8. ^ Grover, Verinder (1992). Political Thinkers of Modern India: Abul Kalam Azad. Deep & Deep Publications. p. 503. ISBN 9788171004324. Within five weeks of the passage of the Pak resolution, an assembly of nationalist Muslims under the name of the Azad Muslim Conference was convened in Delhi. The Conference met under the presidentship of Khan Bahadur Allah Bakhsh, the then Chief Minister of Sind.
  9. ^ a b Ahmed, Ishtiaq (27 May 2016). "The dissenters". The Friday Times. However, the book is a tribute to the role of one Muslim leader who steadfastly opposed the Partition of India: the Sindhi leader Allah Bakhsh Soomro. Allah Bakhsh belonged to a landed family. He founded the Sindh People’s Party in 1934, which later came to be known as ‘Ittehad’ or ‘Unity Party’. ... Allah Bakhsh was totally opposed to the Muslim League’s demand for the creation of Pakistan through a division of India on a religious basis. Consequently, he established the Azad Muslim Conference. In its Delhi session held during April 27–30, 1940 some 1400 delegates took part. They belonged mainly to the lower castes and working class. The famous scholar of Indian Islam, Wilfred Cantwell Smith, feels that the delegates represented a ‘majority of India’s Muslims’. Among those who attended the conference were representatives of many Islamic theologians and women also took part in the deliberations.
  10. ^ Mayaram, Shail (1997). Resisting Regimes: Myth, Memory, and the Shaping of a Muslim Identity. Oxford University Press. p. 128. ISBN 978-0-19-563955-1. To counter the Lahore Resolution, the Jamiat convened the Azad Muslim Conference that promulgated the Jamiyat formula in 1942 that supported United Indian Nationalism or muttahidah qawmiyat and the protection of Muslim communal rights.
  11. ^ Peers, Douglas M.; Gooptu, Nandini (2017). India and the British Empire. Oxford University Press. ISBN 9780192513526. Madani, head for several decades of the Deoband training centre for theologians, strongly supported Congress nationalism and the ideal of a 'composite nationalism' within an united India, which he thought would be more conducive to the spread and prosperity of his community over the entire subcontinent than any religious partition.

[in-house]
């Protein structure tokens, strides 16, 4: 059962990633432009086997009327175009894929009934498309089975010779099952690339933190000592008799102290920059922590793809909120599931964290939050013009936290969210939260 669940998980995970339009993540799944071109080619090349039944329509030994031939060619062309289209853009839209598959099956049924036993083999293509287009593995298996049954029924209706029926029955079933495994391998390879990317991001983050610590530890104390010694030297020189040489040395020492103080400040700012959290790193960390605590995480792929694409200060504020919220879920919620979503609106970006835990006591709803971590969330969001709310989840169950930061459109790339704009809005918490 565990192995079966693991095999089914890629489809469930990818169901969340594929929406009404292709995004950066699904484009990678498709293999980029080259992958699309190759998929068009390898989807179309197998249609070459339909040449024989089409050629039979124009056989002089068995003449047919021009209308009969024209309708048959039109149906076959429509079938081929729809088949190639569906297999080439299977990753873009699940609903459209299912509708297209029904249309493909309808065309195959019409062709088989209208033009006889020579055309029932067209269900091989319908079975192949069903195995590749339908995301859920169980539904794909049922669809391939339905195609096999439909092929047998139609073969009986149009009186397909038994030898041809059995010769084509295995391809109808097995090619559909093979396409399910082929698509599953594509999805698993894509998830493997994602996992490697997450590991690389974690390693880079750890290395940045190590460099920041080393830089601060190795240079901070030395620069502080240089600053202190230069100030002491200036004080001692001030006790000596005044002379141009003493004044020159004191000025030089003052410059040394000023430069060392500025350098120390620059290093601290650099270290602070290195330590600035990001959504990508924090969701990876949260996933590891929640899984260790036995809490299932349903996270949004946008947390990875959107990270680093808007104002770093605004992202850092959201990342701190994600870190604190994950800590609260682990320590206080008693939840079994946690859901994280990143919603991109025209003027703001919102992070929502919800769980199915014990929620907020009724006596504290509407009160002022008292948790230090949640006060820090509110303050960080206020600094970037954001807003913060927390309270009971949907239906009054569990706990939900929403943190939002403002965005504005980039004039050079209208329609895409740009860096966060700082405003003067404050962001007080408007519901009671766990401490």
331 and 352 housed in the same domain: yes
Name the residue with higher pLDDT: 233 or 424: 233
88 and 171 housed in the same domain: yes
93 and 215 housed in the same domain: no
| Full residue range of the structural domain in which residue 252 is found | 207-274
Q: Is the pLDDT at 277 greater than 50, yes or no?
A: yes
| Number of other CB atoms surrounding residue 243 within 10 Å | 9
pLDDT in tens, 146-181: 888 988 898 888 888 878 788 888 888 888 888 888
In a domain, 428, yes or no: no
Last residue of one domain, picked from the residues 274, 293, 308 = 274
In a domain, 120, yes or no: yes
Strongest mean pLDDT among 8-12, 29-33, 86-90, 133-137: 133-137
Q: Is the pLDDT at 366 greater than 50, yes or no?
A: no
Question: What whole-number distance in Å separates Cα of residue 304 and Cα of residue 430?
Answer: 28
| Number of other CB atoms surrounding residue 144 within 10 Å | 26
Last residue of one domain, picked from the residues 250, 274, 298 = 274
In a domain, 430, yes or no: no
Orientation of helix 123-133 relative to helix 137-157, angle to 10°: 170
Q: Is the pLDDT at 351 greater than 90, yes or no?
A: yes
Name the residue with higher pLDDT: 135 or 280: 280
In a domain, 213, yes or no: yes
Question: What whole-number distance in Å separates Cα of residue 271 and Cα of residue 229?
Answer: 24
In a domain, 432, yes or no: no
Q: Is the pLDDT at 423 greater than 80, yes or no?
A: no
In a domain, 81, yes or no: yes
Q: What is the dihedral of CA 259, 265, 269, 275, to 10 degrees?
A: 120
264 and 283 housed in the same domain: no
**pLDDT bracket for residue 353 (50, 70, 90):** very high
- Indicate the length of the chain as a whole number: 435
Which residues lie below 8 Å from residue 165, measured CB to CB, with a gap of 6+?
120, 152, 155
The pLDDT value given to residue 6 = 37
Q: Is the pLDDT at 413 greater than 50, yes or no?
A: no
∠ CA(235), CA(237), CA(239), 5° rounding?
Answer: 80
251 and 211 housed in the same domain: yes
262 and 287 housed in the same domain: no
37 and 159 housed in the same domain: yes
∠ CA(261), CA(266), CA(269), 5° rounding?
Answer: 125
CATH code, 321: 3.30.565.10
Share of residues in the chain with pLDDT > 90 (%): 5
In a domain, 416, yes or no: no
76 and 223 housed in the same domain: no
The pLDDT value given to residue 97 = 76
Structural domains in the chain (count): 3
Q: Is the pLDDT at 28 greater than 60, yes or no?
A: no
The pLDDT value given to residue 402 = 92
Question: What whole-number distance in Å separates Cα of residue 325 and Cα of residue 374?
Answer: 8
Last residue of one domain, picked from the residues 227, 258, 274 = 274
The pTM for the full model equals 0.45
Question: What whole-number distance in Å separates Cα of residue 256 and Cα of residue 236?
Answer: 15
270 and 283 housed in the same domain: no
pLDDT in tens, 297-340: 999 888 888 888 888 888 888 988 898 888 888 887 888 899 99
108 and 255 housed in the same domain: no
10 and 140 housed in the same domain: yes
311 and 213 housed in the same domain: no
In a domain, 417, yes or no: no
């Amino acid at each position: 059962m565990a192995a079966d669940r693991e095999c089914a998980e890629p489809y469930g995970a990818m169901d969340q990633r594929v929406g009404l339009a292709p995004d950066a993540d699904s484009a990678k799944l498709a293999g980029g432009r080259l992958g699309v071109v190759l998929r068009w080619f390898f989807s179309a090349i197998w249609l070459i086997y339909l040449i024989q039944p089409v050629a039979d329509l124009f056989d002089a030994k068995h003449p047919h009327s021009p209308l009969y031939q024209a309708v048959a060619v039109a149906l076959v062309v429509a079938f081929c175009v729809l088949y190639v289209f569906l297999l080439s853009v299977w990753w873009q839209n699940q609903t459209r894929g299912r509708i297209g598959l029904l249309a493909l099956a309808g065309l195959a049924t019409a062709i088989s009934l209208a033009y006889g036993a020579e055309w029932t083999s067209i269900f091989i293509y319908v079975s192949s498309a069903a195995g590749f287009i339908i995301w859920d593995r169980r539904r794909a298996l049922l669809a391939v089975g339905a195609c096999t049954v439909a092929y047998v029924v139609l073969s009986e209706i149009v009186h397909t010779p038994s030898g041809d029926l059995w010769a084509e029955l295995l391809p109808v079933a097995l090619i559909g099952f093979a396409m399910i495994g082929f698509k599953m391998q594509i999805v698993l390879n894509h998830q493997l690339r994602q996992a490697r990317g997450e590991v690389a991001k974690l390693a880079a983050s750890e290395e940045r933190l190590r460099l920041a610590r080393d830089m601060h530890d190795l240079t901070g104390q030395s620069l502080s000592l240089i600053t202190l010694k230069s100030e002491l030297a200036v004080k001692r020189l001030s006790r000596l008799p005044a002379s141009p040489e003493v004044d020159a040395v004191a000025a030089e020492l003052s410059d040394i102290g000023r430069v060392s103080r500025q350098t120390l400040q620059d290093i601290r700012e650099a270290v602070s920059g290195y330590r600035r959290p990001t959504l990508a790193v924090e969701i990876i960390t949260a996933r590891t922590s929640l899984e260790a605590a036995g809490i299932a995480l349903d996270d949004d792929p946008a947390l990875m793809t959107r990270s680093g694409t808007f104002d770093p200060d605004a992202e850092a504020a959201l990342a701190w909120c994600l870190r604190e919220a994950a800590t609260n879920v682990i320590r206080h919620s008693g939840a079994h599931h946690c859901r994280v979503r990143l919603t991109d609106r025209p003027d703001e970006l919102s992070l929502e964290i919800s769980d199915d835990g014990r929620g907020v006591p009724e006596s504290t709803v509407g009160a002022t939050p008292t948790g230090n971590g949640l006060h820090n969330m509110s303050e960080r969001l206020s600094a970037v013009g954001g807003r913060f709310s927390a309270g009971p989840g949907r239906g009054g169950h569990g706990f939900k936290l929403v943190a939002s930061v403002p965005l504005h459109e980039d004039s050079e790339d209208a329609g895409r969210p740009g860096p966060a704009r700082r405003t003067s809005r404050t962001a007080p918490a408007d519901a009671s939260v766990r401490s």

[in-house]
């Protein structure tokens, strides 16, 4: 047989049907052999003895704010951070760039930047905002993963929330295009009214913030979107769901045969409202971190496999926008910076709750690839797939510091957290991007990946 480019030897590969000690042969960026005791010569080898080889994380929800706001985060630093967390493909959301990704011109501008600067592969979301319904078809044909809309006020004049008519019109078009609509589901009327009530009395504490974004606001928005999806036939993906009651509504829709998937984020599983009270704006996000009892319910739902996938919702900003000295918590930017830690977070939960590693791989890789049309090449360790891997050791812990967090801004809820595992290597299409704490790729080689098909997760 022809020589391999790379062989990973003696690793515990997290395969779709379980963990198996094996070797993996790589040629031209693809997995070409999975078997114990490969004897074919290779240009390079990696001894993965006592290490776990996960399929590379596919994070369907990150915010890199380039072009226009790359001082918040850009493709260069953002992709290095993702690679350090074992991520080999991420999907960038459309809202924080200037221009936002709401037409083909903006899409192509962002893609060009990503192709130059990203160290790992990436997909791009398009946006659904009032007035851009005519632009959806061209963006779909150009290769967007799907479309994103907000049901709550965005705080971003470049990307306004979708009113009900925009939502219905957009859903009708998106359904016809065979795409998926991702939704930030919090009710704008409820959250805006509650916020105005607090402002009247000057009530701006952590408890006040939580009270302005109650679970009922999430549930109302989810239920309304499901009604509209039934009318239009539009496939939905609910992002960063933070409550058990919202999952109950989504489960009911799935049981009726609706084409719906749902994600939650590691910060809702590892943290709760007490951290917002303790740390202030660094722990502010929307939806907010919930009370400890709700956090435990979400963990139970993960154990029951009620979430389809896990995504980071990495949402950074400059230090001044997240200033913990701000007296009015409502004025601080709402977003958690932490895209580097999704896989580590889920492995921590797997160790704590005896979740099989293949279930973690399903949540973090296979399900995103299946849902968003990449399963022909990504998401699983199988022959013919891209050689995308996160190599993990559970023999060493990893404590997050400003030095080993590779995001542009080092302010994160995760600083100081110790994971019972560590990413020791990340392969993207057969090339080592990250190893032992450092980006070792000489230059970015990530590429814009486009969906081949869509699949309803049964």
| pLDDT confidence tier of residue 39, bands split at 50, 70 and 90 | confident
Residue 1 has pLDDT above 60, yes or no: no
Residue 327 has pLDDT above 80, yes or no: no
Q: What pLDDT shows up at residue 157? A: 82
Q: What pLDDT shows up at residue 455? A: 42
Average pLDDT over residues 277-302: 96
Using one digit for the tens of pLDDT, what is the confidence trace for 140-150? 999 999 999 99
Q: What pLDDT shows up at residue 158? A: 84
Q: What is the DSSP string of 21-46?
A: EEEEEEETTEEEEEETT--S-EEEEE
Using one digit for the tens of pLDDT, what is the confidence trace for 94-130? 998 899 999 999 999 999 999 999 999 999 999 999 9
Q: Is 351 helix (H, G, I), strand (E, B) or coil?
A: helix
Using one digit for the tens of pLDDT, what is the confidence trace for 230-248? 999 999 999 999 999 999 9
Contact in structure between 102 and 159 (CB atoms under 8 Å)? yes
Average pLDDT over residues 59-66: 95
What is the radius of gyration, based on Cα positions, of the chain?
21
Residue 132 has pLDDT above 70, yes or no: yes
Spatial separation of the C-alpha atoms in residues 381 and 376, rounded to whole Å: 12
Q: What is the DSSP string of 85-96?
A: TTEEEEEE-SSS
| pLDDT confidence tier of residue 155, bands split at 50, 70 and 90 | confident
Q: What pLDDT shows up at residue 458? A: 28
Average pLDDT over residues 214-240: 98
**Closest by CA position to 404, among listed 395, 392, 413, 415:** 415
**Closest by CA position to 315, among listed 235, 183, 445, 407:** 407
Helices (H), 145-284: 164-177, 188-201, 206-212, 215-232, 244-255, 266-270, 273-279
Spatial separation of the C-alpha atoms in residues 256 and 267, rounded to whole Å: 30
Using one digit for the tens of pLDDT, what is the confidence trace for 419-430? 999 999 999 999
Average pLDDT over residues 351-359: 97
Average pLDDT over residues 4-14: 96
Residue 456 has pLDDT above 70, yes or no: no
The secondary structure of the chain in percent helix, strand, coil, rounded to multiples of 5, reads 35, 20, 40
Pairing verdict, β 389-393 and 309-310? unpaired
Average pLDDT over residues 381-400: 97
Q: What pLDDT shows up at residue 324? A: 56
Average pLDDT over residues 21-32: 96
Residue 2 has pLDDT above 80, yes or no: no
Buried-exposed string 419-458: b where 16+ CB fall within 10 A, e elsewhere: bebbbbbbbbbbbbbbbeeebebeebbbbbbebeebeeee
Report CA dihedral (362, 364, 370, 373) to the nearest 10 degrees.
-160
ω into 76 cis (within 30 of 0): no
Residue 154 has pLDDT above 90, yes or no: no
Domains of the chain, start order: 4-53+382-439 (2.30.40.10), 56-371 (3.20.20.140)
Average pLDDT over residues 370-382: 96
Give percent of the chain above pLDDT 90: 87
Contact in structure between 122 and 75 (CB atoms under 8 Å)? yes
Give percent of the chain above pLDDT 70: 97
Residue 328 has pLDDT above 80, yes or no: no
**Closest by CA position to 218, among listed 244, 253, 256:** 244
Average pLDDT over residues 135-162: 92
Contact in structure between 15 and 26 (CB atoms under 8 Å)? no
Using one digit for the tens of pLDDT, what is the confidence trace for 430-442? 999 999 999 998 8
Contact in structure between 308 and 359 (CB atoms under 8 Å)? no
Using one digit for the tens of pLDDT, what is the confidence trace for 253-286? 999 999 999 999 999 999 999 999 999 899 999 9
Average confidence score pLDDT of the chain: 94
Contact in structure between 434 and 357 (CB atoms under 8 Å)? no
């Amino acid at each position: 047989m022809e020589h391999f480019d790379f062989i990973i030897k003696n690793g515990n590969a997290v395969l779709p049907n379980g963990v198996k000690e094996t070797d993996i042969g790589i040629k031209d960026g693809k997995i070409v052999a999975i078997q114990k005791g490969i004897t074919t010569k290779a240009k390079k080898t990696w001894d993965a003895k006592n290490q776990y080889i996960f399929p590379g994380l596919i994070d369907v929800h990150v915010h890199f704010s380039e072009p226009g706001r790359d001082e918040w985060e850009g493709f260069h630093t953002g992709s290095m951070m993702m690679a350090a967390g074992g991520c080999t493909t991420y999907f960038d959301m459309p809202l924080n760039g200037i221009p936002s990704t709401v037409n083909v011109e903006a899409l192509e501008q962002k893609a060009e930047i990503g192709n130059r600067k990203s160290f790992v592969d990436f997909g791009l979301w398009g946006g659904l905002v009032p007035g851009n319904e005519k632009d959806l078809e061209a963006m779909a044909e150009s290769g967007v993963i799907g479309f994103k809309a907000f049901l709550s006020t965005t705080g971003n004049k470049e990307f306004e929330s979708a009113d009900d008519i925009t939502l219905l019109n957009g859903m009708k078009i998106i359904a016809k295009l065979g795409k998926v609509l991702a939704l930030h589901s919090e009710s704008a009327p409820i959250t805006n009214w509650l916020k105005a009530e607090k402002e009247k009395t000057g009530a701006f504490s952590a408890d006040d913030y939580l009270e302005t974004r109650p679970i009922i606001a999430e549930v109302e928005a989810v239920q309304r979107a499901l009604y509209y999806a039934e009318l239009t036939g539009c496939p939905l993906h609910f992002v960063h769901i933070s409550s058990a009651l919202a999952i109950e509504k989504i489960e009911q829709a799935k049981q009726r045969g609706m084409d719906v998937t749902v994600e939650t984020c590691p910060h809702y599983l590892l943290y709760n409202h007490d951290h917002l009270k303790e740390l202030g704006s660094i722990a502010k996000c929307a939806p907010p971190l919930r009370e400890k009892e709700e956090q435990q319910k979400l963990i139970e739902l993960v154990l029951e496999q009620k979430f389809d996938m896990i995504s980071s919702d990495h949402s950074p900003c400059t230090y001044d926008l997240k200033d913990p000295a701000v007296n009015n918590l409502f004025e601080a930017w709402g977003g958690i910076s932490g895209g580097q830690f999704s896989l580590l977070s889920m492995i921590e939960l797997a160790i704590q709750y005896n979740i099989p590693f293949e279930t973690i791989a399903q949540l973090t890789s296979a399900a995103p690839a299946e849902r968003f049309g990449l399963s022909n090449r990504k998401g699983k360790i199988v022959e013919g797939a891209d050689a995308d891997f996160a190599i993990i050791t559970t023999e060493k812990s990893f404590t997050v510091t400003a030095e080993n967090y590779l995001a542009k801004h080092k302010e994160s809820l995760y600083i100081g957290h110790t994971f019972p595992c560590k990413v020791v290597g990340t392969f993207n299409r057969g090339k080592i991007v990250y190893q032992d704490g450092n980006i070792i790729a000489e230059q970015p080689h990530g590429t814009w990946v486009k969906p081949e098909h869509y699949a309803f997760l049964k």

12. ^ a b Chitkara, M. G. (1998). Converts Do Not Make a Nation. APH Publishing. p. 240. ISBN 9788170249825.
  13. ^ Ashraf, Ajaz (6 September 2016). "The forgotten story of two Maulanas who mocked Jinnah's idea of Pakistan". Scroll.in. Retrieved 3 November 2020.
  14. ^ McDermott, Rachel Fell; Gordon, Leonard A.; Embree, Ainslie T.; Pritchett, Frances W.; Dalton, Dennis (2014). Sources of Indian Traditions: Modern India, Pakistan, and Bangladesh. Columbia University Press. p. 457. ISBN 978-0-231-51092-9.
  15. ^ Sharma, Unnati (9 October 2019). "Dr Saifuddin Kitchlew, the freedom fighter who is hailed as the hero of Jallianwala Bagh". ThePrint. Retrieved 29 July 2020.
  16. ^ a b Pandit, Ambika. "Composite Nationalism key to counter divisive forces: Jamiat". The Times of India. Retrieved 6 April 2020.